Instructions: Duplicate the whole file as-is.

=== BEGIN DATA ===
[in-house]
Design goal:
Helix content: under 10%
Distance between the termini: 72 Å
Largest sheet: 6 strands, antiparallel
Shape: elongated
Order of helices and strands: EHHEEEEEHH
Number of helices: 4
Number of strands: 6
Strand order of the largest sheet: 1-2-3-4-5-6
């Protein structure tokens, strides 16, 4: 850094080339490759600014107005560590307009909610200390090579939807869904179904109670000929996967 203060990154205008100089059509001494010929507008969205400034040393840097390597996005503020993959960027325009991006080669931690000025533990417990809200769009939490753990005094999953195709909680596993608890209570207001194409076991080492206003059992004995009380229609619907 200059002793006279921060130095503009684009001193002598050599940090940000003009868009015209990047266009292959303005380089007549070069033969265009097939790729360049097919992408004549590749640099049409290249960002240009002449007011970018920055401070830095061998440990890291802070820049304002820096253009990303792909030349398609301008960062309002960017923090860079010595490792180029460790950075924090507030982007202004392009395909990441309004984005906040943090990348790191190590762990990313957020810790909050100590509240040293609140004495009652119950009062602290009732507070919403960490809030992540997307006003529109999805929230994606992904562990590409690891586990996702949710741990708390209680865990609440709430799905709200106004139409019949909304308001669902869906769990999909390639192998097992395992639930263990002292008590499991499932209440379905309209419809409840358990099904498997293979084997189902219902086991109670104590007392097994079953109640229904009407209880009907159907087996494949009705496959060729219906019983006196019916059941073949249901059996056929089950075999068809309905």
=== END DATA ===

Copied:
[in-house]
Design goal:
Helix content: under 10%
Distance between the termini: 72 Å
Largest sheet: 6 strands, antiparallel
Shape: elongated
Order of helices and strands: EHHEEEEEHH
Number of helices: 4
Number of strands: 6
Strand order of the largest sheet: 1-2-3-4-5-6
């Protein structure tokens, strides 16, 4: 850094080339490759600014107005560590307009909610200390090579939807869904179904109670000929996967 203060990154205008100089059509001494010929507008969205400034040393840097390597996005503020993959960027325009991006080669931690000025533990417990809200769009939490753990005094999953195709909680596993608890209570207001194409076991080492206003059992004995009380229609619907 200059002793006279921060130095503009684009001193002598050599940090940000003009868009015209990047266009292959303005380089007549070069033969265009097939790729360049097919992408004549590749640099049409290249960002240009002449007011970018920055401070830095061998440990890291802070820049304002820096253009990303792909030349398609301008960062309002960017923090860079010595490792180029460790950075924090507030982007202004392009395909990441309004984005906040943090990348790191190590762990990313957020810790909050100590509240040293609140004495009652119950009062602290009732507070919403960490809030992540997307006003529109999805929230994606992904562990590409690891586990996702949710741990708390209680865990609440709430799905709200106004139409019949909304308001669902869906769990999909390639192998097992395992639930263990002292008590499991499932209440379905309209419809409840358990099904498997293979084997189902219902086991109670104590007392097994079953109640229904009407209880009907159907087996494949009705496959060729219906019983006196019916059941073949249901059996056929089950075999068809309905």